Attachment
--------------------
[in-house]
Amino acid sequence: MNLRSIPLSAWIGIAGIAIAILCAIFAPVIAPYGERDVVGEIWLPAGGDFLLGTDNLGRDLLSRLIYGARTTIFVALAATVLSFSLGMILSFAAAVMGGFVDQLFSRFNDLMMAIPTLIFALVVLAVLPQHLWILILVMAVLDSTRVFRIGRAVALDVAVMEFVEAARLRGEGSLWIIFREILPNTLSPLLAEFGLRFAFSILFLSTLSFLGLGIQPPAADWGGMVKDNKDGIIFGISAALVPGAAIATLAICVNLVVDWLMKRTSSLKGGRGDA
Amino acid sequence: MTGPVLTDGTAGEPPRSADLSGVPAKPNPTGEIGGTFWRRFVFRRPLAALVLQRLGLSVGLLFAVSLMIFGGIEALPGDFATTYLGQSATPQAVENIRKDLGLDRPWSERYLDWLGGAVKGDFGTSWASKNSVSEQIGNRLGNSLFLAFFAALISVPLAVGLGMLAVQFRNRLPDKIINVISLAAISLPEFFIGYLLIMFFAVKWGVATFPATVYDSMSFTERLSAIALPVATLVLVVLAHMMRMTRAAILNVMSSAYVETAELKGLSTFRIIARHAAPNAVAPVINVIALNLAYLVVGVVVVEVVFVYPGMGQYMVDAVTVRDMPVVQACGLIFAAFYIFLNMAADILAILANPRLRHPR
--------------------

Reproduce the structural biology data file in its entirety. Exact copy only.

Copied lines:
[in-house]
Amino acid sequence: MNLRSIPLSAWIGIAGIAIAILCAIFAPVIAPYGERDVVGEIWLPAGGDFLLGTDNLGRDLLSRLIYGARTTIFVALAATVLSFSLGMILSFAAAVMGGFVDQLFSRFNDLMMAIPTLIFALVVLAVLPQHLWILILVMAVLDSTRVFRIGRAVALDVAVMEFVEAARLRGEGSLWIIFREILPNTLSPLLAEFGLRFAFSILFLSTLSFLGLGIQPPAADWGGMVKDNKDGIIFGISAALVPGAAIATLAICVNLVVDWLMKRTSSLKGGRGDA
Amino acid sequence: MTGPVLTDGTAGEPPRSADLSGVPAKPNPTGEIGGTFWRRFVFRRPLAALVLQRLGLSVGLLFAVSLMIFGGIEALPGDFATTYLGQSATPQAVENIRKDLGLDRPWSERYLDWLGGAVKGDFGTSWASKNSVSEQIGNRLGNSLFLAFFAALISVPLAVGLGMLAVQFRNRLPDKIINVISLAAISLPEFFIGYLLIMFFAVKWGVATFPATVYDSMSFTERLSAIALPVATLVLVVLAHMMRMTRAAILNVMSSAYVETAELKGLSTFRIIARHAAPNAVAPVINVIALNLAYLVVGVVVVEVVFVYPGMGQYMVDAVTVRDMPVVQACGLIFAAFYIFLNMAADILAILANPRLRHPR